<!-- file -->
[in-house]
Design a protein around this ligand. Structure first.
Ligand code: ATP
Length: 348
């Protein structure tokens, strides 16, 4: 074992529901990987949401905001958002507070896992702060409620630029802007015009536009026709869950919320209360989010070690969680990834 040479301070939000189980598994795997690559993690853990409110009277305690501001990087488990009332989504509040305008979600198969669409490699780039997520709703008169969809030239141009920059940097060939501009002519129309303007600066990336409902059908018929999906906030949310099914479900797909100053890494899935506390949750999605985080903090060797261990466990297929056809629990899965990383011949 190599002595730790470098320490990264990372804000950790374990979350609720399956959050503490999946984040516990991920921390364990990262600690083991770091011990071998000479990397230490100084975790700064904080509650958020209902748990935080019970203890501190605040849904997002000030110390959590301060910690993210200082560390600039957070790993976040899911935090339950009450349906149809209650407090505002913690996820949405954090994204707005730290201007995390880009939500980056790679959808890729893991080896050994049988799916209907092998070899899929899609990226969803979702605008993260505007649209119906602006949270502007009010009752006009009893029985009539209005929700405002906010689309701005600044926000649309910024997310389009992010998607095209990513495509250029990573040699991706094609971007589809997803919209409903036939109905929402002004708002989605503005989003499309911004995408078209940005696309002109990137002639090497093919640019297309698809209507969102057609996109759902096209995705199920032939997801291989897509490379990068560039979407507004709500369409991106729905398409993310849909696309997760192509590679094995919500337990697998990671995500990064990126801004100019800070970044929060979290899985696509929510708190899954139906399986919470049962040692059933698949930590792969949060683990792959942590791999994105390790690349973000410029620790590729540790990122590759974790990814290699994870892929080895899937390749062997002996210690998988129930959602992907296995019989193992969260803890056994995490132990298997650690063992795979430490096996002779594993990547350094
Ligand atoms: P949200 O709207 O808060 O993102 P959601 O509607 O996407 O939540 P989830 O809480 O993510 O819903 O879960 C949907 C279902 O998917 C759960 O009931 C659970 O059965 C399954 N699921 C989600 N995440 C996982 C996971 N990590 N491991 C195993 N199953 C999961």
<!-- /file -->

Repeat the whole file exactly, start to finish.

[in-house]
Design a protein around this ligand. Structure first.
Ligand code: ATP
Length: 348
């Protein structure tokens, strides 16, 4: 074992529901990987949401905001958002507070896992702060409620630029802007015009536009026709869950919320209360989010070690969680990834 040479301070939000189980598994795997690559993690853990409110009277305690501001990087488990009332989504509040305008979600198969669409490699780039997520709703008169969809030239141009920059940097060939501009002519129309303007600066990336409902059908018929999906906030949310099914479900797909100053890494899935506390949750999605985080903090060797261990466990297929056809629990899965990383011949 190599002595730790470098320490990264990372804000950790374990979350609720399956959050503490999946984040516990991920921390364990990262600690083991770091011990071998000479990397230490100084975790700064904080509650958020209902748990935080019970203890501190605040849904997002000030110390959590301060910690993210200082560390600039957070790993976040899911935090339950009450349906149809209650407090505002913690996820949405954090994204707005730290201007995390880009939500980056790679959808890729893991080896050994049988799916209907092998070899899929899609990226969803979702605008993260505007649209119906602006949270502007009010009752006009009893029985009539209005929700405002906010689309701005600044926000649309910024997310389009992010998607095209990513495509250029990573040699991706094609971007589809997803919209409903036939109905929402002004708002989605503005989003499309911004995408078209940005696309002109990137002639090497093919640019297309698809209507969102057609996109759902096209995705199920032939997801291989897509490379990068560039979407507004709500369409991106729905398409993310849909696309997760192509590679094995919500337990697998990671995500990064990126801004100019800070970044929060979290899985696509929510708190899954139906399986919470049962040692059933698949930590792969949060683990792959942590791999994105390790690349973000410029620790590729540790990122590759974790990814290699994870892929080895899937390749062997002996210690998988129930959602992907296995019989193992969260803890056994995490132990298997650690063992795979430490096996002779594993990547350094
Ligand atoms: P949200 O709207 O808060 O993102 P959601 O509607 O996407 O939540 P989830 O809480 O993510 O819903 O879960 C949907 C279902 O998917 C759960 O009931 C659970 O059965 C399954 N699921 C989600 N995440 C996982 C996971 N990590 N491991 C195993 N199953 C999961």